Cinema screenings were restricted during the epidemic. Image: Picture SheffieldCinema screenings were restricted during the epidemic. Image: Picture Sheffield
Cinema screenings were restricted during the epidemic. Image: Picture Sheffield | Other 3rd Party

9 facts about how the 1918 Spanish flu pandemic affected Sheffield

The coronavirus outbreak is the biggest global health emergency since the ‘Spanish flu’ pandemic more than a century ago.

The deadly strain of influenza – which did not originate in Spain, but got its name as newspapers there reported its existence first – emerged towards the end of World War One, killing at least 50 million people around the world.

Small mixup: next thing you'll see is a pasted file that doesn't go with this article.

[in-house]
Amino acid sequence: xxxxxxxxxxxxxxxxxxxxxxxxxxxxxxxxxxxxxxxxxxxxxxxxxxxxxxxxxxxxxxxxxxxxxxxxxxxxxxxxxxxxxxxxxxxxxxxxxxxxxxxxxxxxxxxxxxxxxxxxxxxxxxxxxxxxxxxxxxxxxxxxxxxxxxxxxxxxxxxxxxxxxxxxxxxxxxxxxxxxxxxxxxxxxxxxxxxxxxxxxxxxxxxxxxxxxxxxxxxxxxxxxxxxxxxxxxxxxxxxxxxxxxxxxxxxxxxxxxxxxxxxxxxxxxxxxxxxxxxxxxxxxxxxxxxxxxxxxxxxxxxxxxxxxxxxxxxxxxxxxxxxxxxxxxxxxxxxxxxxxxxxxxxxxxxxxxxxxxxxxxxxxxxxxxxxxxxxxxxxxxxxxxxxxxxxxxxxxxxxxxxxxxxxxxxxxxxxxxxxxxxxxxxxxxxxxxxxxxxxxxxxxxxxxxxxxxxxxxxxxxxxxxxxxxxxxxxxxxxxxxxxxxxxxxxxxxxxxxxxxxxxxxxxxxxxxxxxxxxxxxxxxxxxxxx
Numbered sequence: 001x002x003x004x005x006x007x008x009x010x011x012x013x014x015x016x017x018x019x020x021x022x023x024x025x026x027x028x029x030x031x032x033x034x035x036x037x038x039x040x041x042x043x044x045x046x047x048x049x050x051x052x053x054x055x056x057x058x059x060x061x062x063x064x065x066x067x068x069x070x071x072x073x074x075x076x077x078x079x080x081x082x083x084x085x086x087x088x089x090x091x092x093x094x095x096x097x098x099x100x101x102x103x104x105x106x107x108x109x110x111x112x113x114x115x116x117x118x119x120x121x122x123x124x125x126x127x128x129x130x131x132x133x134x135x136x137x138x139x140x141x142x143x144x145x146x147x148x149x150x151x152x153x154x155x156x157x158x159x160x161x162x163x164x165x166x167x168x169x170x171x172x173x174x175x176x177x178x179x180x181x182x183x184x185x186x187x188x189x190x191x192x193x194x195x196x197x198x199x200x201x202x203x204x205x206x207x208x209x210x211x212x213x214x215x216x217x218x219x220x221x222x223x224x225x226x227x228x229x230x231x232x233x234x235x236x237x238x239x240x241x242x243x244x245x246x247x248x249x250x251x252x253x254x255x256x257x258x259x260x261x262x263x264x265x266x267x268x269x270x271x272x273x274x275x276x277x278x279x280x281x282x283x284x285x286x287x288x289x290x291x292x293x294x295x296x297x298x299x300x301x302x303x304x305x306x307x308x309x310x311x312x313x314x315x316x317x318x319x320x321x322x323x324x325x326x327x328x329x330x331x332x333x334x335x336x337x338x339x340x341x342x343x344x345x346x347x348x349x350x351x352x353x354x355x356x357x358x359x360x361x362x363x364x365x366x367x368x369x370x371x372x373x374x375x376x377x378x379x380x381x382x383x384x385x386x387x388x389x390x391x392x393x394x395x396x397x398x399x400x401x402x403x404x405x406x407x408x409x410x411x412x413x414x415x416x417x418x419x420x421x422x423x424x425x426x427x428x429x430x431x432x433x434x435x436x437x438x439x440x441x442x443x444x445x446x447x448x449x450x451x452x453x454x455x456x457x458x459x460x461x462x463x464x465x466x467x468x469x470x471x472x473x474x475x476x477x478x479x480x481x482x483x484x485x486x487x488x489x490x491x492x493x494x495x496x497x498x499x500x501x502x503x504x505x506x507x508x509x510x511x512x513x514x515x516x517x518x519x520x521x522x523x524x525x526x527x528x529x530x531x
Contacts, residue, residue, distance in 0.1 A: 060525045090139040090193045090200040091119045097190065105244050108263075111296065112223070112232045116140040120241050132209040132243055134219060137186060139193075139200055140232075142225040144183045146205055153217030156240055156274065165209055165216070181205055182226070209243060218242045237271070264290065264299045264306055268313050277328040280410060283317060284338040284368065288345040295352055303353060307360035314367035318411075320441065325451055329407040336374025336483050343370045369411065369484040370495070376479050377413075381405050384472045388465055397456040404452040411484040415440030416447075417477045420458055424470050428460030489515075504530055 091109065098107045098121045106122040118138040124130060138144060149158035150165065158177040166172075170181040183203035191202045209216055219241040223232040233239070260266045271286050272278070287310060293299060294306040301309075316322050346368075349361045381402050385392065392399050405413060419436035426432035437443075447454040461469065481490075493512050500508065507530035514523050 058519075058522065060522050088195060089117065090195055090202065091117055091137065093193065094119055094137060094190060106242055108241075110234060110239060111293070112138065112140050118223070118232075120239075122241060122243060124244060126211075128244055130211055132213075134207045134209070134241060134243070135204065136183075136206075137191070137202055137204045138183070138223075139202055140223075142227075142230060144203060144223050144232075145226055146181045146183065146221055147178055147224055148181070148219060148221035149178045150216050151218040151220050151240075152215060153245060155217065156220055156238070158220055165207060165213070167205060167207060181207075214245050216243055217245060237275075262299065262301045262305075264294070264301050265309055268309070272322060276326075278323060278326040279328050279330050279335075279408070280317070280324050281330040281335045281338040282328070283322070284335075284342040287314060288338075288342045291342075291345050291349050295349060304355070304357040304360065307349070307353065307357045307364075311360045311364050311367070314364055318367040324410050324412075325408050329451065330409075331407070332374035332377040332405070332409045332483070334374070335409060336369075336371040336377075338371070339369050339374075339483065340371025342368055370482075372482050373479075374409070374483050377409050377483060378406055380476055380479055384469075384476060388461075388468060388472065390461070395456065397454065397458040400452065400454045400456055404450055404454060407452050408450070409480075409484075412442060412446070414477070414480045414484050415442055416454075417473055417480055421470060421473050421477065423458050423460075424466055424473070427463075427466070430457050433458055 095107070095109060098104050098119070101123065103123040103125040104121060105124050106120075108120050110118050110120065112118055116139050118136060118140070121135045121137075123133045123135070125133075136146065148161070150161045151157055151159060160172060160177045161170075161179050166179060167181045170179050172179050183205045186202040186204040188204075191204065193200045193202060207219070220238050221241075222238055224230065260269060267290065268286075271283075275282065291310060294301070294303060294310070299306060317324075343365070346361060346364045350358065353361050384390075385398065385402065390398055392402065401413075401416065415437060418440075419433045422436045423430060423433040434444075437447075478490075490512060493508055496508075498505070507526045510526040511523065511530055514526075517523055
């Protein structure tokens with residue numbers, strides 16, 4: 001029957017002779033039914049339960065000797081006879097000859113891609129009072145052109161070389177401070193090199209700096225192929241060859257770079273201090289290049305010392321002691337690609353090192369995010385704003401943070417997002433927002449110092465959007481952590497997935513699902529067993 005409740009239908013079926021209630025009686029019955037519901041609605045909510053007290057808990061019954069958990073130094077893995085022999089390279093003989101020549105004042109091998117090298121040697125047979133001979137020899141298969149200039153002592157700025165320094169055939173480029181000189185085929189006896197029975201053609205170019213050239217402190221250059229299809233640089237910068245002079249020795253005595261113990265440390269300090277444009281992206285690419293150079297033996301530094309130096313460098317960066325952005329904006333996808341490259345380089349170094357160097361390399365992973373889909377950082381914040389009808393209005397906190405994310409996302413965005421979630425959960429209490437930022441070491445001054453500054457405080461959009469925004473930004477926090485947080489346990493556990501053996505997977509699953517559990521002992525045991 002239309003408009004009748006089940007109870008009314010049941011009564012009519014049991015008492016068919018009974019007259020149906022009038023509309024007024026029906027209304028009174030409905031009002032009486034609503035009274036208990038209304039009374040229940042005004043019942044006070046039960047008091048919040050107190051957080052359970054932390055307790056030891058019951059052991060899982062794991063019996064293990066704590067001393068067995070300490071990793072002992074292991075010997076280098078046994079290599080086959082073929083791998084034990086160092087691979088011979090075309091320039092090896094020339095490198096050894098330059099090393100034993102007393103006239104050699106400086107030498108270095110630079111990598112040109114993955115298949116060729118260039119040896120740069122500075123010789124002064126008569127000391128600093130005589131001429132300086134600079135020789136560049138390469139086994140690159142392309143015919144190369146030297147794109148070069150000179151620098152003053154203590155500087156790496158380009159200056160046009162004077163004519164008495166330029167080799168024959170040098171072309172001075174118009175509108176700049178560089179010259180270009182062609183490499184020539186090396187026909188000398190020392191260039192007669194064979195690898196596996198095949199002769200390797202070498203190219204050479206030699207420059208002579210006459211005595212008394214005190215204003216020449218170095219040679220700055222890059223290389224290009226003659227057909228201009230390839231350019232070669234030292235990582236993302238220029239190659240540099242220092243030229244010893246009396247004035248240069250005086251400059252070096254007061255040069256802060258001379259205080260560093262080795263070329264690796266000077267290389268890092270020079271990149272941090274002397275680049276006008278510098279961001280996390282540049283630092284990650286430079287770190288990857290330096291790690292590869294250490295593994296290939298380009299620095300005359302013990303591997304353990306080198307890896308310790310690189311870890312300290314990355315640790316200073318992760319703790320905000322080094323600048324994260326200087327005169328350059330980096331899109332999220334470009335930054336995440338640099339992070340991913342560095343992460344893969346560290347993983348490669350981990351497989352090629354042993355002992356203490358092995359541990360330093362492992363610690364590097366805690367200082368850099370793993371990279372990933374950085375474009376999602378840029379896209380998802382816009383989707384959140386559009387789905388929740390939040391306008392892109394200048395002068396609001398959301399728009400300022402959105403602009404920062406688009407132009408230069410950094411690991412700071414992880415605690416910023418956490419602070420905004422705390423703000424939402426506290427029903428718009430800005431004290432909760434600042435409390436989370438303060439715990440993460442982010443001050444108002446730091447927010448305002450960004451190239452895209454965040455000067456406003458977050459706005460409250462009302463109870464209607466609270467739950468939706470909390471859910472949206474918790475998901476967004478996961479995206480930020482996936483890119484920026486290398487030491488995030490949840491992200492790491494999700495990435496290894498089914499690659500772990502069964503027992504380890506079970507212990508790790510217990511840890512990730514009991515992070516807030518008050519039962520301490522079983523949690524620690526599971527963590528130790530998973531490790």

It reached Sheffield in the summer of 1918, with further waves in November that year and in early 1919.

Nationally, crowds celebrating the Armistice worsened the disease’s spread and - in an era before the NHS with a less sophisticated understanding of viruses - the public was given conflicting advice, from the sensible, such as isolating victims, to the pointless, like eating lots of porridge or keeping up regular tooth-brushing.

Here are nine facts that illustrate the impact Spanish flu had on Sheffield.

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